One episode was provided for reviewing purposes prior to broadcast.
“You can’t do a slasher movie as a TV series,” posits the new resident meta-expert of MTV’s Scream, Noah Foster (John Karna). The token nerd argues that slasher movies burn bright and die fast, bodies piling up within minutes and the big reveal happening a sleek 90 minutes later. TV is more languid, giving ample opportunity to build up characters just in time to, in the case of the opening seven minutes of this new Scream, slit their throats. “You have to care. You have to root for them. So when they are brutally murdered, it hurts.”
I’ve spent approximately 41 minutes with this gaggle of hyper-aware, alcohol-guzzling millennials, and maybe the most surprising thing about the show is that, in all the efforts I put against it and its overly cutesy advertisements, I cared, and it did hurt. It isn’t perfect, and don’t get me wrong, it’s a very far cry from the movie series – all of which I adore – but in carrying on the series’ classic knack for gut-wrenching horror and should-I-be-laughing comedy, the new show not only shockingly watchable, but addictively so.
And, as these things do, it all begins with a hot girl in a big empty house. The bitchy it-girl here is Nina Patterson (Bella Thorne, not exactly Drew Barrymore, but she serves her brief duty effectively) and her face-off with a creepy Snapchatter after her boyfriend drops her off at her secluded (of course) mansion (of course), while her parents are gone for the weekend (you get it). But what could have been crass exploitation and redundant reboots turns into something fresh. Although Scream 4 trekked into the YouTube viral video spiral a few years back (and then as well to good effect), a lot’s changed even since the bygone era of 2011, and Scream the TV series knows it.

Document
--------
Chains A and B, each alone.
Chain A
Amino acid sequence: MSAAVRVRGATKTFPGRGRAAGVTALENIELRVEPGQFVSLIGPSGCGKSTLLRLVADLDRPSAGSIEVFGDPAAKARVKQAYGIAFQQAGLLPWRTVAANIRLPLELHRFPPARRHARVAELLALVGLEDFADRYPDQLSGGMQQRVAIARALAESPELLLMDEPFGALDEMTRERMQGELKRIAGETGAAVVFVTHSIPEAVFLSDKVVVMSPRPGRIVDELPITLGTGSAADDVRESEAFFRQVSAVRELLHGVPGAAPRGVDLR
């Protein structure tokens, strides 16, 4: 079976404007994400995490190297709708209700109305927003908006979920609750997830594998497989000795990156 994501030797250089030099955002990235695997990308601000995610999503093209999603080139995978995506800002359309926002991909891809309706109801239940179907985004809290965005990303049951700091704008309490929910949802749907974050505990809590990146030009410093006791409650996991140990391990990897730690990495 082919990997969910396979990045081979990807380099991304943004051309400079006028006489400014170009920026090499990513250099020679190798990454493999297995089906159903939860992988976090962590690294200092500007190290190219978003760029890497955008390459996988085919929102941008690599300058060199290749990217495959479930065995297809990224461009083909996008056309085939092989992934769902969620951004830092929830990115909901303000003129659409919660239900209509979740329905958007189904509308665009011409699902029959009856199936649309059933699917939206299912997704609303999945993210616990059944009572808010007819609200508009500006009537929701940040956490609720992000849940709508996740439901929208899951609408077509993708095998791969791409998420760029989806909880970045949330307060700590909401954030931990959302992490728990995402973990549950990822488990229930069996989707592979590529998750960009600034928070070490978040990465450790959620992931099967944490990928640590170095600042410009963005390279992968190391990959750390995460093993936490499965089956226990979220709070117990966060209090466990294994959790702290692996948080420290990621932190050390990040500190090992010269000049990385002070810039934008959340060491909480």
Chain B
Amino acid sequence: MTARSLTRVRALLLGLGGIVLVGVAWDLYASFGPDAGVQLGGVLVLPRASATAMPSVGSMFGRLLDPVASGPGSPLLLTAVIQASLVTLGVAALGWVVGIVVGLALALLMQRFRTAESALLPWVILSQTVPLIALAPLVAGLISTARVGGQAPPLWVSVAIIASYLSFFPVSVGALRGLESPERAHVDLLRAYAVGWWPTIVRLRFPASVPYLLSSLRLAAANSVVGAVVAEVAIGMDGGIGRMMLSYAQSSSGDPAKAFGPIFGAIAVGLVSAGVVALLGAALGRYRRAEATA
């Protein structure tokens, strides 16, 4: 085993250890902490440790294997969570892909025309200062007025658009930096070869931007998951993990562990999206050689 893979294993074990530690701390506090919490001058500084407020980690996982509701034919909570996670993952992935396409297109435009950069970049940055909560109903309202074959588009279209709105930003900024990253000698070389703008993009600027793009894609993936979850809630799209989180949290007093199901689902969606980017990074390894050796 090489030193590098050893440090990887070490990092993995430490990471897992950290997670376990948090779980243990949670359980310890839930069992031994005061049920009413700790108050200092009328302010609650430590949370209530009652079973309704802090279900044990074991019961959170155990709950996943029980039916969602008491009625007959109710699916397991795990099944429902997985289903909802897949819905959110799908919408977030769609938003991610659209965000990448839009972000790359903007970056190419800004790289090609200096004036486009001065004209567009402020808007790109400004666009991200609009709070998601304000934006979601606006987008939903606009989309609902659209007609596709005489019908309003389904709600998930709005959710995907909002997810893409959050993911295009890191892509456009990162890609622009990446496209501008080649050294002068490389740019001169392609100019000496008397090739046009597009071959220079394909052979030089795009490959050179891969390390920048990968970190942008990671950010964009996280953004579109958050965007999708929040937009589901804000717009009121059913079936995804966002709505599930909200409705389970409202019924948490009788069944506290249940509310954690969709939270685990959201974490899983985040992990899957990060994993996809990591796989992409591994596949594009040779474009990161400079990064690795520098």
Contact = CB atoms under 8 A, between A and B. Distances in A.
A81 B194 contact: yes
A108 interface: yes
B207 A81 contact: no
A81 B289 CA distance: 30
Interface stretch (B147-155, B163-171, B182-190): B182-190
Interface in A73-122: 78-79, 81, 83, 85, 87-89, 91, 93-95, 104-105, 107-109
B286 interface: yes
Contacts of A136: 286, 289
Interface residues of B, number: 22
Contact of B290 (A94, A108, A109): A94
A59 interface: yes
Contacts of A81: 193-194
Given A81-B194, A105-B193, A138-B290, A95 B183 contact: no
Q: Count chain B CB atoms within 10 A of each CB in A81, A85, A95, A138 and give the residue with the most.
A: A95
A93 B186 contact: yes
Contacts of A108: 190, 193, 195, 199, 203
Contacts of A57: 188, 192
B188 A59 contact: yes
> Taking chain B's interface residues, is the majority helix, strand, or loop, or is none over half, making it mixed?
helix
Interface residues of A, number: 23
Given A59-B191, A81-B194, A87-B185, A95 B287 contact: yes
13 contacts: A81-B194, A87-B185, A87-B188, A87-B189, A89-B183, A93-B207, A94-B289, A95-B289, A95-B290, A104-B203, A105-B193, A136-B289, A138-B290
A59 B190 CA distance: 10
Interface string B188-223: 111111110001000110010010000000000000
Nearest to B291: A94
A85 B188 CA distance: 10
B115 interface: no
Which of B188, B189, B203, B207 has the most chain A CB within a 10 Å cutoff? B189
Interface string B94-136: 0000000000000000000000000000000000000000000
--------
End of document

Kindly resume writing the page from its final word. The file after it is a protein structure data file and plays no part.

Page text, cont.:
I mentioned the Snapchat stalker earlier, and it’s a hilariously creepy mechanism for horror, the killer taking 5-second snaps of Nina’s trek through the deserted house and sending them to her moments after they occur. She walks around unconvinced of her imminent death, threatening the dark hallways with her “trained attack Pomeranian” and calming down when she comes to believe her errant boyfriend is tricking her. Once his severed head joins her in the hot tub, and Nina begins running around half wet and bikini-clad, Scream kicks its mystery into overdrive. And it’s a suitably gory one, pulling no punches in the kill department and making a nice network companion with Teen Wolf‘s return this summer.
Later, we’re eventually introduced to Nina’s coterie of friends, confidants who refer to her as a “spoiled sociopath with no impulse control,” and throw a raging lake party in her late honor. There’s Emma Duvall (Willa Fitzgerald), the protagonist and resident good-girl, daughter to town coroner Margaret Duvall (Tracy Middendorf) and dating hot jock Will Belmont (Connor Weil). There’s also goofball Jake (Tom Maden), prissy Brooke (Carlson Young), mysterious new guy Kieran (Amadeus Serafini), and loner Aubrey (Bex Taylor-Klaus), who gets outed via a viral video in the pilot’s opening scene.